and incubated in an experimental medium (-MEM
supplemented with 1% FBS, 100 units/mL penicillin,
100 g/mL streptomycin, and 2 mM L-glutamine). Then
the cells (n = 3 plates for each phenotype) were exposed to
a recombinant mouse IFN (10 ng/mL, PeproTech, Rocky
Hill, NJ) or vehicle. Forty-eight hours later, the cells were
collected and stored at 30C until analysis.
Stimulation of M-differentiated U937 with LPS and RNA
Human monocyte-like cell line U937 was obtained from
the RIKEN Cell Bank (Tsukuba, Japan). For routine
maintenance, cells were cultured in RPMI 1640 medium
(Invitrogen) supplemented with 10% FBS and 1.0%
penicillin/streptomycin in 5% CO2 at 37C in a humidified
chamber. Cell concentrations were maintained between
2 105 and 2 106 cells/mL. For differentiation into
M, 5 105 cells were placed into the wells of a 12-well
plate and treated with 20 nM phorbol myristate acetate
(PMA, Sigma-Aldrich) for 24 h to induce the M-like
adherent phenotype. Subsequently, the medium was
replaced with fresh RPMI 1640 medium and cells
cultured for a further 48 h. PMA-induced U937 cells were
stimulated with 0.1 g/mL of lipopolysaccharide (LPS,
Sigma-Aldrich) for 24 hours as a positive control.
RT-PCR for human PACAP and PAC1R
RT-PCR was performed as reported previously .
Briefly, the total RNA was extracted from cell pellets
(hMSCs, hMSCs stimulated with IFN, M-like
differentiated U937, M-like differentiated U937 stimulated
with LPS) by TRIZOL reagent (Invitrogen) according to the
manufacturers instructions. The purity and concentration
of extracted RNA were determined spectrophotometrically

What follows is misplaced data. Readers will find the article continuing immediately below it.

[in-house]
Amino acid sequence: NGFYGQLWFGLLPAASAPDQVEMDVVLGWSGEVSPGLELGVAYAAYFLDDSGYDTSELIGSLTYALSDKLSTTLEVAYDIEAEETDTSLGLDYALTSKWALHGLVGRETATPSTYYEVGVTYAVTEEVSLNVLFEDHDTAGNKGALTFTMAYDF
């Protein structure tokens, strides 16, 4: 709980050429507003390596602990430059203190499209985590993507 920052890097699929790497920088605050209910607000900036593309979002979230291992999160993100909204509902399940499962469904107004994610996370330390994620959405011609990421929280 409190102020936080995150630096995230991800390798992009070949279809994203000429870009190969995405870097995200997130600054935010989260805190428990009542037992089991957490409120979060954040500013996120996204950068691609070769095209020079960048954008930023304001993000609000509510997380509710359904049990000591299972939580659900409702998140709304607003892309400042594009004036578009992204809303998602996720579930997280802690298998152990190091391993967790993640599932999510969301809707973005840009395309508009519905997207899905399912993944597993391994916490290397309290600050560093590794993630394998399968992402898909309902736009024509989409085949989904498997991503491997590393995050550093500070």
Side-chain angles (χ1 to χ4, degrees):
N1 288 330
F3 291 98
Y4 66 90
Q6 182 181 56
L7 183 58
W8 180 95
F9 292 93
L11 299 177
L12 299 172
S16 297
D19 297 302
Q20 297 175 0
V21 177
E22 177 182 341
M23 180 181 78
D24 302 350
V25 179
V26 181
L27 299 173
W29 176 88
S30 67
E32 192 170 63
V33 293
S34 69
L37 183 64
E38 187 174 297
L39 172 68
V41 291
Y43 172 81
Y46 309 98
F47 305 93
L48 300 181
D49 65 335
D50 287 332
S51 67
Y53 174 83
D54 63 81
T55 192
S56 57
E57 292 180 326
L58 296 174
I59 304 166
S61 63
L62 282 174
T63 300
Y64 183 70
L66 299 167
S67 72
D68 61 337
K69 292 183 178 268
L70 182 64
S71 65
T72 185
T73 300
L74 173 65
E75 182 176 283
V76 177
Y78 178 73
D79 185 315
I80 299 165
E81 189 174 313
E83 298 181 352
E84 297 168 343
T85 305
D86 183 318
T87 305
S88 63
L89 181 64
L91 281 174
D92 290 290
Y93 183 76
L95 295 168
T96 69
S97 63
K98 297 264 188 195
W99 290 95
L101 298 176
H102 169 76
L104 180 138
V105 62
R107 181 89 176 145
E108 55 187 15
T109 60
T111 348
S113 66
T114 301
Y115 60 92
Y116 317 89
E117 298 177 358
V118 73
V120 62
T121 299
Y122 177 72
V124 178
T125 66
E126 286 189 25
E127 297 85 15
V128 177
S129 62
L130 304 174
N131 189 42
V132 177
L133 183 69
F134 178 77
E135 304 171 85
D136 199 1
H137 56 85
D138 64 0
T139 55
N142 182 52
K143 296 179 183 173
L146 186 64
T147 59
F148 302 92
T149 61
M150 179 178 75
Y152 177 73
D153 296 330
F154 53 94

(NanoDrop, Wilmington, DE). The cDNA was then
synthesized with an AffinifyScript QPCR cDNA Synthesis Kit
(Stratagene, Agilent Technologies, La Jolla, CA), using 1 g
of the total RNA. The synthesized cDNA was made up to a
volume of 50 L with sterile water supplied with the kit.
The reaction mixture contained 0.6 L of the first-strand
cDNA, 7 pmols of each primer set and 6.0 L of the
Emerald Amp PCR Master Mix (2X premix) (TaKaRa)
in a total volume of 12 L. The primers were as follows:
hPACAP forward, 5-GAAACAAATGGCTGTCAAGA
AA-3; hPACAP reverse, 5- TCTGTGCATTCTCTA
GTGCTTTG-3; hPACAPR1forward, 5-GTTACTTCG
CTGTGGACTTCAA-3; hPACAPR1 reverse, 5-GGA
CCAGTACCAAAACAAGGAG-3; hGAPDH forward,
Thermal-cycling parameters were set as follows: 97C
for 5 min for an initial denaturation, then a cycling
regime of 40 cycles at 95C for 45 s, 60C for 45 s, and
72C for 1 min. At the end of the final cycle, an
additional extension step was carried out for 10 min at
72C. Three microliters of each reaction mixture were
loaded for 1.6% agarose gel electrophoresis and bands
were visualized with ethidium bromide.
Each mouse was assigned a random number, and all data
were collected and analyzed without investigator
knowledge of group identities. Data are expressed as mean
SEM for in vivo experiments and as mean SD for